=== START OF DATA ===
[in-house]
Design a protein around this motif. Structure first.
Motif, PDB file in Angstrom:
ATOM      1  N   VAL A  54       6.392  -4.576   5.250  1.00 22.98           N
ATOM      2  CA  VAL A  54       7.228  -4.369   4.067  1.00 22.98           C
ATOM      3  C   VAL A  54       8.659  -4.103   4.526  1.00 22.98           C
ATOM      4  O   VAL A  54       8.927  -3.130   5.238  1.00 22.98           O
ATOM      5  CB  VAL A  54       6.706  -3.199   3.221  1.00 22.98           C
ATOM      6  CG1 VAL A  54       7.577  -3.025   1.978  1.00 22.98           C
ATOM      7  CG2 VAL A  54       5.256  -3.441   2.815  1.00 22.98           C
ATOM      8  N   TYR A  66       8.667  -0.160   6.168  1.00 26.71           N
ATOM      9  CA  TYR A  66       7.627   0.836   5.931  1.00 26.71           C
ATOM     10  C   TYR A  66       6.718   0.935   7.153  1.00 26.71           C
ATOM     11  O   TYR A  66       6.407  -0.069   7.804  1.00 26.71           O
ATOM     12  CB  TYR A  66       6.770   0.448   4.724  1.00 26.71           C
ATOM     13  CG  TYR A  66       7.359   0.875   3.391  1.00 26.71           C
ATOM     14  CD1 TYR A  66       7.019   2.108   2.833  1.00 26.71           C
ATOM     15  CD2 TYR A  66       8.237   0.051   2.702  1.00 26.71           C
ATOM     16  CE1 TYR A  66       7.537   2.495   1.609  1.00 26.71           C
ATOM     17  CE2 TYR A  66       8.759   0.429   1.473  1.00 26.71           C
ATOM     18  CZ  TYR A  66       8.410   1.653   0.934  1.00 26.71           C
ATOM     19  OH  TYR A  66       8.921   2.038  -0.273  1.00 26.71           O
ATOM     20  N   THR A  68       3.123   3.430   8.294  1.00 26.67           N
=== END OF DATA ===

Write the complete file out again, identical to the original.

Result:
[in-house]
Design a protein around this motif. Structure first.
Motif, PDB file in Angstrom:
ATOM      1  N   VAL A  54       6.392  -4.576   5.250  1.00 22.98           N
ATOM      2  CA  VAL A  54       7.228  -4.369   4.067  1.00 22.98           C
ATOM      3  C   VAL A  54       8.659  -4.103   4.526  1.00 22.98           C
ATOM      4  O   VAL A  54       8.927  -3.130   5.238  1.00 22.98           O
ATOM      5  CB  VAL A  54       6.706  -3.199   3.221  1.00 22.98           C
ATOM      6  CG1 VAL A  54       7.577  -3.025   1.978  1.00 22.98           C
ATOM      7  CG2 VAL A  54       5.256  -3.441   2.815  1.00 22.98           C
ATOM      8  N   TYR A  66       8.667  -0.160   6.168  1.00 26.71           N
ATOM      9  CA  TYR A  66       7.627   0.836   5.931  1.00 26.71           C
ATOM     10  C   TYR A  66       6.718   0.935   7.153  1.00 26.71           C
ATOM     11  O   TYR A  66       6.407  -0.069   7.804  1.00 26.71           O
ATOM     12  CB  TYR A  66       6.770   0.448   4.724  1.00 26.71           C
ATOM     13  CG  TYR A  66       7.359   0.875   3.391  1.00 26.71           C
ATOM     14  CD1 TYR A  66       7.019   2.108   2.833  1.00 26.71           C
ATOM     15  CD2 TYR A  66       8.237   0.051   2.702  1.00 26.71           C
ATOM     16  CE1 TYR A  66       7.537   2.495   1.609  1.00 26.71           C
ATOM     17  CE2 TYR A  66       8.759   0.429   1.473  1.00 26.71           C
ATOM     18  CZ  TYR A  66       8.410   1.653   0.934  1.00 26.71           C
ATOM     19  OH  TYR A  66       8.921   2.038  -0.273  1.00 26.71           O
ATOM     20  N   THR A  68       3.123   3.430   8.294  1.00 26.67           N